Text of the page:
156 Rush for a Cure
– “Are you kidding me?” Lith’s mind refused to accept Solus’ words.
“No, I’m not.” She replied. “Do you remember what happens every time you overcome a bottleneck?”
“Of course that I do. The world energy flows into me, because after the transition my mana core is empty…” When Lith managed to put two and two together, his mind went blank, and so did his face. –
“Are you all right?” Kilian couldn’t see through the mask, but Lith’s sudden silence, freezing in place for several seconds, could only mean bad news.
“Peachy.” He replied with a hoarse voice.
– “Exactly!” Solus continued mercilessly. “Nature abhors the void, so once we cure them, if their mana cores have degraded too much, when the world energy fills them, the patients may be able to perceive the mana flow, discover their cores and become true mages.
It’s not like it took you much too, right? Your breathing technique is just a crutch to better perceive the energy flow. What if an already powerful core, after being depleted, suddenly goes back from green to blue?
The sudden mana flow would be so intense that only an idiot would not notice it. At that point, discovering true magic would only be a matter of time. Humans and magical beast alike, have a static mana core in their natural state, that grows slowly over time.
But this parasites changes everything, and that’s why I think it’s an unintended side effect. No one in his right mind would ever make his enemies even more powerful.”
“Wait, how is this different from what happened to Tista? After I cured her, her core went from deep yellow to bright green, and it’s still evolving. Yet she hasn’t Awakened.”
“It’s completely different, you silly.” Solus first giggle after days of weeping she had hoped Lith wouldn’t notice, was the only silver lining among the madness.
“Tista had a naturally weak core because of a natural illness. Her body simply couldn’t handle stronger energies, so it didn’t let the core develop for years. After you cured her, the core started to grow, yes, but slowly, over time. Tista’s core was always at full capacity, even if underdeveloped.
For the infected, instead, their core is already fully developed, let’s say it’s blue, but because of the parasites is temporarily down to green. Just like you after a bottleneck, their core will strive for the world energy, getting filled in days, not in years like in Tista’s case.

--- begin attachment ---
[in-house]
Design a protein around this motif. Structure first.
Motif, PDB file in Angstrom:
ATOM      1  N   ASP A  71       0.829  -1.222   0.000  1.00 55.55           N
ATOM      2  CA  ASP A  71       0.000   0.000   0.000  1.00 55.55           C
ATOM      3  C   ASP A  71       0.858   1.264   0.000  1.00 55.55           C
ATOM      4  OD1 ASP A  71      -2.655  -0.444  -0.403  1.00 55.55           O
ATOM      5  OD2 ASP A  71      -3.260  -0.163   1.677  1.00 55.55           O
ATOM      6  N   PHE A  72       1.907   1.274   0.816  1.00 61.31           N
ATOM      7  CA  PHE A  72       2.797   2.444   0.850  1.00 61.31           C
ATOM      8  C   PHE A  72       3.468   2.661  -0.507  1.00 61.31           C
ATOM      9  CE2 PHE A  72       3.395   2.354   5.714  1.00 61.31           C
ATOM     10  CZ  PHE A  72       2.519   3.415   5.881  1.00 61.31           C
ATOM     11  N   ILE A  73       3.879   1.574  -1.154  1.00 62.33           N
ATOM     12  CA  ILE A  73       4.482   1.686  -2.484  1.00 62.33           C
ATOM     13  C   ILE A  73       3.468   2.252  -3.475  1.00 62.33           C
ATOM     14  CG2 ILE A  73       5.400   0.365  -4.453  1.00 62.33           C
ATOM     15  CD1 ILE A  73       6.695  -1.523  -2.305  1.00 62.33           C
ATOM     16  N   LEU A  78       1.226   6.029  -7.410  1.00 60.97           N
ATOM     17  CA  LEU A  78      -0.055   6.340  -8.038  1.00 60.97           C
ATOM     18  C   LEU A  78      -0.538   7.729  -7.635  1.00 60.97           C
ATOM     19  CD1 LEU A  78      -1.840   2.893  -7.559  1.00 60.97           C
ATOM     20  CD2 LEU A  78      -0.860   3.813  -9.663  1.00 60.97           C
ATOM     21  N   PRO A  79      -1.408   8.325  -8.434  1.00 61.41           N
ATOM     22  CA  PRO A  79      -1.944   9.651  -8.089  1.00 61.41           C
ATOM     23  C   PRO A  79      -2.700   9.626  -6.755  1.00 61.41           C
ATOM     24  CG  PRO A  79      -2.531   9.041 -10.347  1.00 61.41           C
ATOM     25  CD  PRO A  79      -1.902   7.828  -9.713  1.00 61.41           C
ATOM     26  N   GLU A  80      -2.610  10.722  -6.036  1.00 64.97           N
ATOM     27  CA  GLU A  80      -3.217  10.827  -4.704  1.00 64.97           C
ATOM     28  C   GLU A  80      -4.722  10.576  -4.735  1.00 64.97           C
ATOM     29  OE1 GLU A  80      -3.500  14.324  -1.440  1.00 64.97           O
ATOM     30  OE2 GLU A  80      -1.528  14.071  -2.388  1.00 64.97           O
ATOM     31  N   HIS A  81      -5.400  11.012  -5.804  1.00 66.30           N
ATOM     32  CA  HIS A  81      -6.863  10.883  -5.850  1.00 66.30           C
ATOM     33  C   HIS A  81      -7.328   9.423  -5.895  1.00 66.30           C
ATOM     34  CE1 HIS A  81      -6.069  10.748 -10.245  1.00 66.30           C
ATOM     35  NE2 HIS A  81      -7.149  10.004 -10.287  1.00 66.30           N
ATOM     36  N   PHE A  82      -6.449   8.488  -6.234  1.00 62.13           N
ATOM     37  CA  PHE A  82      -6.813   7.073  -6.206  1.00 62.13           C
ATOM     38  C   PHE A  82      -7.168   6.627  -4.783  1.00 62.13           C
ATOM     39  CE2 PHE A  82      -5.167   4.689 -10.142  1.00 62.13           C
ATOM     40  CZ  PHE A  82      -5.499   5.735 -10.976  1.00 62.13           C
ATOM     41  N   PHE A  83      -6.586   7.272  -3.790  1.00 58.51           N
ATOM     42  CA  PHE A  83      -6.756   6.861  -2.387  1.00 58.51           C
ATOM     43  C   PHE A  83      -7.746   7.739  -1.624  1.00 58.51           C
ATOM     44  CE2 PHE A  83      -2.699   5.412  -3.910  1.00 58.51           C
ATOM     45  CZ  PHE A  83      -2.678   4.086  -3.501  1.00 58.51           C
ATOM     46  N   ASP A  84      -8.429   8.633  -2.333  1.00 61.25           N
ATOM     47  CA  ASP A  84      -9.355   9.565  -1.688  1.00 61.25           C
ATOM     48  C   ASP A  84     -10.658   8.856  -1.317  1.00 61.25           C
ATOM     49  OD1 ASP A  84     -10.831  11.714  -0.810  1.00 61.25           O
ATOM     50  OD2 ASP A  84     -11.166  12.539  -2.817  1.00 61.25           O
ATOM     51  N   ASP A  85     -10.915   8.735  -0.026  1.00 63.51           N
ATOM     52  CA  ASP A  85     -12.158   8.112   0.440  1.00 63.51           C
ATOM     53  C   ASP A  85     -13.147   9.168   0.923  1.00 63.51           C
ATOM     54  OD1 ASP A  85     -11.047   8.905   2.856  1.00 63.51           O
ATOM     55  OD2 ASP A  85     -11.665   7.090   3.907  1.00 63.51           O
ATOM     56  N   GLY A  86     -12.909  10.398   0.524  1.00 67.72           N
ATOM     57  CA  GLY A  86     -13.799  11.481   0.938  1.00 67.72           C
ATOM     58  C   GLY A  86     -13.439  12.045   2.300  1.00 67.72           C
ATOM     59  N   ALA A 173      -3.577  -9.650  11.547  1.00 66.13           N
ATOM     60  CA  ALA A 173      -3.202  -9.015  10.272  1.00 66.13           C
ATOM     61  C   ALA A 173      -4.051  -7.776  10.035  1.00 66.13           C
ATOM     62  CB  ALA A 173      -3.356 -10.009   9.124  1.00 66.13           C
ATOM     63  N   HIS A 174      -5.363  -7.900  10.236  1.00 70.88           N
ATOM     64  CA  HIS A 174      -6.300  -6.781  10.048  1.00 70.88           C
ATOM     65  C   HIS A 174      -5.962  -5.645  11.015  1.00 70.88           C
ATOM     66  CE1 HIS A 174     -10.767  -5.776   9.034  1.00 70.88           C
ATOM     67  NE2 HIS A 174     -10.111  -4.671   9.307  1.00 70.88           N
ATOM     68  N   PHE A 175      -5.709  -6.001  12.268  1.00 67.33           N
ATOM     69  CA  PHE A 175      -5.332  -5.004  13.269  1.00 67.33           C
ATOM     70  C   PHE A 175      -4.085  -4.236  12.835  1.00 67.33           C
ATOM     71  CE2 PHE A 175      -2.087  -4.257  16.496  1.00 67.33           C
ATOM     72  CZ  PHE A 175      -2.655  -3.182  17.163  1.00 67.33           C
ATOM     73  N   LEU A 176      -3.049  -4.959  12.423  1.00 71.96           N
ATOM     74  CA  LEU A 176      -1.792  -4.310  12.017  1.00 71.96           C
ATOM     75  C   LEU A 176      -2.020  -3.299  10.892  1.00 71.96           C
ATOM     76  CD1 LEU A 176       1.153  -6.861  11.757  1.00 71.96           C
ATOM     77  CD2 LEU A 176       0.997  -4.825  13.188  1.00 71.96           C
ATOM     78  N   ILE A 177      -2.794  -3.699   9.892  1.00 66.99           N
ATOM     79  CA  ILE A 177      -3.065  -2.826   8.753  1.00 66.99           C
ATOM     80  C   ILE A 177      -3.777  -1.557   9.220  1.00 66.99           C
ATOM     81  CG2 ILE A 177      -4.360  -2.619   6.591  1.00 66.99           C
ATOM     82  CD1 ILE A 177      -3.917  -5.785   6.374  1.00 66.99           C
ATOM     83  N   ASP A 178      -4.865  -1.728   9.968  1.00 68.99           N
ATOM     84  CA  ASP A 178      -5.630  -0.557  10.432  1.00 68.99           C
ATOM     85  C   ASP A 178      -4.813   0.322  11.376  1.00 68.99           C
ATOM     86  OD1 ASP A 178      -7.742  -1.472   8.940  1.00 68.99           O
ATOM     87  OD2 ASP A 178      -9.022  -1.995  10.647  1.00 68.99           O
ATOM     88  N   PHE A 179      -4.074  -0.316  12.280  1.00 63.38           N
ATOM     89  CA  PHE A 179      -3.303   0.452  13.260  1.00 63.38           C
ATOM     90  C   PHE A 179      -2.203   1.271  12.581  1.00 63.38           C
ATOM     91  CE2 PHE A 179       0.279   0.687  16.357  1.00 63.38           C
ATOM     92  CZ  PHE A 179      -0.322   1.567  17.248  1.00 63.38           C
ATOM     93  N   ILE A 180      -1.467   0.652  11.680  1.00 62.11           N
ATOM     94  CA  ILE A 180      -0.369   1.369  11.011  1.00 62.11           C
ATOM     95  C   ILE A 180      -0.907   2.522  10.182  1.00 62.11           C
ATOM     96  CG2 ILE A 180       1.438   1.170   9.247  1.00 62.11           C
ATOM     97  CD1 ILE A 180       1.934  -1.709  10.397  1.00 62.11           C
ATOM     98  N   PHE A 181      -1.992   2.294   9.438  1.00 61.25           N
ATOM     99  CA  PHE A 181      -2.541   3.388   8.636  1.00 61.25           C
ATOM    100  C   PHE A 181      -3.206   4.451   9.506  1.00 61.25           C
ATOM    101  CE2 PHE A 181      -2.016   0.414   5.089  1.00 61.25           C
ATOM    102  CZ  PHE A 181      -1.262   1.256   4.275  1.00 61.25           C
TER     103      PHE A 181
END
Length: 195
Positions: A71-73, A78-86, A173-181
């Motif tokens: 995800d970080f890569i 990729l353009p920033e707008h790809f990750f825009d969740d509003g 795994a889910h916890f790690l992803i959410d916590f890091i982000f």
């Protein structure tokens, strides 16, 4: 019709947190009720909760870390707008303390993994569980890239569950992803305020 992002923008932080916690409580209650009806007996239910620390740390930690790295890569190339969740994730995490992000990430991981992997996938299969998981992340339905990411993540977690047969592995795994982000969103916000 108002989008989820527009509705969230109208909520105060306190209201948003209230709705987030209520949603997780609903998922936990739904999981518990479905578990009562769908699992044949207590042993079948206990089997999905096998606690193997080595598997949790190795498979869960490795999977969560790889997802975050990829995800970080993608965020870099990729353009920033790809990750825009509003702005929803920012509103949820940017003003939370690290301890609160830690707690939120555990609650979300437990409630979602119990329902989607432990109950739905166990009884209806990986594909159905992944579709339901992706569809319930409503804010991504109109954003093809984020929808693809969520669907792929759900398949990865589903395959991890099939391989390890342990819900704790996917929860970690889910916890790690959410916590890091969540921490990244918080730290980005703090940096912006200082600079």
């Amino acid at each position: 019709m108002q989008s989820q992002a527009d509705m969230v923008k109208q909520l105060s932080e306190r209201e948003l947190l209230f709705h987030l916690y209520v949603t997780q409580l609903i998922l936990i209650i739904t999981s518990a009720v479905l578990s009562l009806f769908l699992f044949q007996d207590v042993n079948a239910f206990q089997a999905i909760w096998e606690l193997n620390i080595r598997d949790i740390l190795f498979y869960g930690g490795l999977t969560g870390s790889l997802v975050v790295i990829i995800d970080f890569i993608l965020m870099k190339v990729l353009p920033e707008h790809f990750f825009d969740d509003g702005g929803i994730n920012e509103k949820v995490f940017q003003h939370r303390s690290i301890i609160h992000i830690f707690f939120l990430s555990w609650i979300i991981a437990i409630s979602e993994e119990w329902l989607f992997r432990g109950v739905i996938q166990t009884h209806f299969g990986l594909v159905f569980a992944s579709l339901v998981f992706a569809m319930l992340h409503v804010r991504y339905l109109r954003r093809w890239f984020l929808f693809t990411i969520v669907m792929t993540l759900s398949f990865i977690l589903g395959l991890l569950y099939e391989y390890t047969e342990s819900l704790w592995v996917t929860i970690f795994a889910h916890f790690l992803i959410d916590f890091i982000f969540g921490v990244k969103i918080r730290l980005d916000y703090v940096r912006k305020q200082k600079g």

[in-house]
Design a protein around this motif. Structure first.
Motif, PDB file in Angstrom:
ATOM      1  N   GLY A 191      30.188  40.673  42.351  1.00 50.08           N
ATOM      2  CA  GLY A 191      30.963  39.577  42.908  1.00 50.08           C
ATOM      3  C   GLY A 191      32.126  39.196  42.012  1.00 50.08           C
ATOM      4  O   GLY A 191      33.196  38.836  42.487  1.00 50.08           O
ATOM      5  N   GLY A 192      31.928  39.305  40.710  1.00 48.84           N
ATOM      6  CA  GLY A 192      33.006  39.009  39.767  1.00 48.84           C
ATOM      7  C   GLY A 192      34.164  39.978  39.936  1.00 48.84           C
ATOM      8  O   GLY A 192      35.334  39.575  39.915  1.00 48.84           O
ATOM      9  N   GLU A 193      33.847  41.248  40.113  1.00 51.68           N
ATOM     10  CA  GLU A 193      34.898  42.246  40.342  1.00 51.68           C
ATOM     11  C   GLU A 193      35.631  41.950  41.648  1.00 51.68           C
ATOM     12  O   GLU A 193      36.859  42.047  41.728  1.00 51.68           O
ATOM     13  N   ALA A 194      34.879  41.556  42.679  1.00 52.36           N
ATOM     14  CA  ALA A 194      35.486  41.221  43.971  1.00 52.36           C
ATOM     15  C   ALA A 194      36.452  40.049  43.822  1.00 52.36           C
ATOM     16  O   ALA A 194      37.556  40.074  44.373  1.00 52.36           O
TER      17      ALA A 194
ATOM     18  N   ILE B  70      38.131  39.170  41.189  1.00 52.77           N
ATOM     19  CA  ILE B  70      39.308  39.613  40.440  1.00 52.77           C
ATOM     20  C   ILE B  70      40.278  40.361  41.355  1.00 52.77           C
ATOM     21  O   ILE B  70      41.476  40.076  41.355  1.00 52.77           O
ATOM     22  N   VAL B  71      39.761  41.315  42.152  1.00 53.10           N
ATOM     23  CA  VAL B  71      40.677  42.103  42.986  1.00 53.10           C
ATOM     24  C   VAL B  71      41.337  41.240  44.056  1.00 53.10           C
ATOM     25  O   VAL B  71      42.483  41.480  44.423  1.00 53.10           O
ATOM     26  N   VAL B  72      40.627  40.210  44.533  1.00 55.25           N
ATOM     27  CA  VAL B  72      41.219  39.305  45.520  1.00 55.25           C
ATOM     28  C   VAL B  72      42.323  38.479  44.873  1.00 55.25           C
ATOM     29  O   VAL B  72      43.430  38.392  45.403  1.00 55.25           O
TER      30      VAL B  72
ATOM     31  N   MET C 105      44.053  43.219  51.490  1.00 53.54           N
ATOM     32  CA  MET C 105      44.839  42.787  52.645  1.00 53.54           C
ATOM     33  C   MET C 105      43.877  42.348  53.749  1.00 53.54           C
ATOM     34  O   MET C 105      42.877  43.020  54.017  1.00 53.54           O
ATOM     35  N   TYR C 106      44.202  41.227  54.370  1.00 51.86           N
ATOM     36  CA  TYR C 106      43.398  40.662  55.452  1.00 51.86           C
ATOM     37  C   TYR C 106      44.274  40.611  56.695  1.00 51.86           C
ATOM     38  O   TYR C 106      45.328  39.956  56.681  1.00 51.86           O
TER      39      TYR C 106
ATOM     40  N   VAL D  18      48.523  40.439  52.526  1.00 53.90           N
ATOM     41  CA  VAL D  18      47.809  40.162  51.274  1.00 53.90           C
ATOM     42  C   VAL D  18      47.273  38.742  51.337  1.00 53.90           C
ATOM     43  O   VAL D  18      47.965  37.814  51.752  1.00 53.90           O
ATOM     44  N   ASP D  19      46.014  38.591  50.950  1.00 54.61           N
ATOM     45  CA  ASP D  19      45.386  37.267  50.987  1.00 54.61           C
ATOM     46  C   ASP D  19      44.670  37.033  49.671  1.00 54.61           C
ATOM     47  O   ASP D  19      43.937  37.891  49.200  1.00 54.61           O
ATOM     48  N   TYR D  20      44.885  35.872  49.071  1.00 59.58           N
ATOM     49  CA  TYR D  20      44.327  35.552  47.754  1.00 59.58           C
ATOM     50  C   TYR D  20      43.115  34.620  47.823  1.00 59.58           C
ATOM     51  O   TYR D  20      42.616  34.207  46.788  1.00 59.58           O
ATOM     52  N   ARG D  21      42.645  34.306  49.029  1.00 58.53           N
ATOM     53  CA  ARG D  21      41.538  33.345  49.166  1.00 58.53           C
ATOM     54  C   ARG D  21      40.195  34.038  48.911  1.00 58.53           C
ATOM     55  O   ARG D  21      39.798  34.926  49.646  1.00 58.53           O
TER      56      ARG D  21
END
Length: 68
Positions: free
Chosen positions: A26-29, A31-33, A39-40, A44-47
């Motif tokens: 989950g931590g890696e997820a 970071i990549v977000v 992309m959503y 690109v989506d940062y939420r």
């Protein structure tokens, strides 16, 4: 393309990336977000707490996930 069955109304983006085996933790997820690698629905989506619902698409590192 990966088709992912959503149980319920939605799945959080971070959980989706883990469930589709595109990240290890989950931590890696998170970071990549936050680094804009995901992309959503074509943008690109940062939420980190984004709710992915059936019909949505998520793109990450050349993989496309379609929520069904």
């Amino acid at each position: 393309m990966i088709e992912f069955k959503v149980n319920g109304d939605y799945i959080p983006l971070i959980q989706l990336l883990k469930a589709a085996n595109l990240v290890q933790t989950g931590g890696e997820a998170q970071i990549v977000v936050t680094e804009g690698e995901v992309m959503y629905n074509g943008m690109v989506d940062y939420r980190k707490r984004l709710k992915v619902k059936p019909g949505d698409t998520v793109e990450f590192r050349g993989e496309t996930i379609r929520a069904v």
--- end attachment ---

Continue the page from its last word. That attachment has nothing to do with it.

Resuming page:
If I am right, in the worst-case scenario, by recovering their powers, they will experience a ‘breakthrough’ on a daily basis.”–
“Lady Zeir, are you aware of this odd blue vein?” Lith tapped on her neck, trying to keep his voice calm.
“Yes, thank you for your care.” In any other circumstance her smile would have been contagious.
“The previous doctors and healers never cared about it, even after I pointed it out to them. One of my tent mates noticed it about fifteen days after we got imprisoned. The scary thing is that everyone I befriended in the tent has one or more of them.”
Lith swallowed a lump of saliva.
“Everyone.” She nodded.
“Captain, how many residents has the tent?”
“A little over four hundred.” Kilian replied after checking his notebook.
The thought of having so many true mages pop out like mushrooms after a rainy day made Lith’s head fuzzy.
He was sure not being the only Awakened one in the world, but at least each one of them had gained his powers with constant study and discipline, just like him. Also, according to his theory, those who were deemed to be unworthy or too stupid to wield such power had been killed throughout history.
Sure, maybe not all those four hundred would become true mages, and a good number would be killed by whoever was in charge of the culling. But Lith wasn’t used to plan his life around “maybes” and “ifs”.
First and foremost, the infected were humans, and he expected from them to be horrible people. In his experience, power didn’t corrupt, it would just bring out a person’s real nature.
Lith didn’t want someone like Garith Senti having even one more ounce of power, the new world sucked already as it was. Letting a bunch of strangers achieve true magic, was like handing a flamethrower to a pyromaniac.
He wouldn’t allow some madman to go on rampage, for a very good reason.
He hadn’t spent years, hiding his abilities, just to let a group of idiots ruin the fruits of his hard work. Not to mention that if any of them started to spread the secret behind being an Awakened one, he would lose all of his advantages.
His strength, his speed, even his recovery ability would become the norm. The new world would devolve in a nightmarish and chaotic place were might makes right. With his limited talent and knowledge, Lith had no doubt he would meet a foul end.
Lith tasked Solus to memorize the personal details of his specimens, now determined to find a cure as fast as possible, while keeping an eye on them. He still had the advantage of experience. A newly Awakened one would need weeks, if not months to sort out his new abilities and learn true spells.
Lith decided to exploit that knowledge gap to make sure that an “accident” would befall those he deemed too dangerous.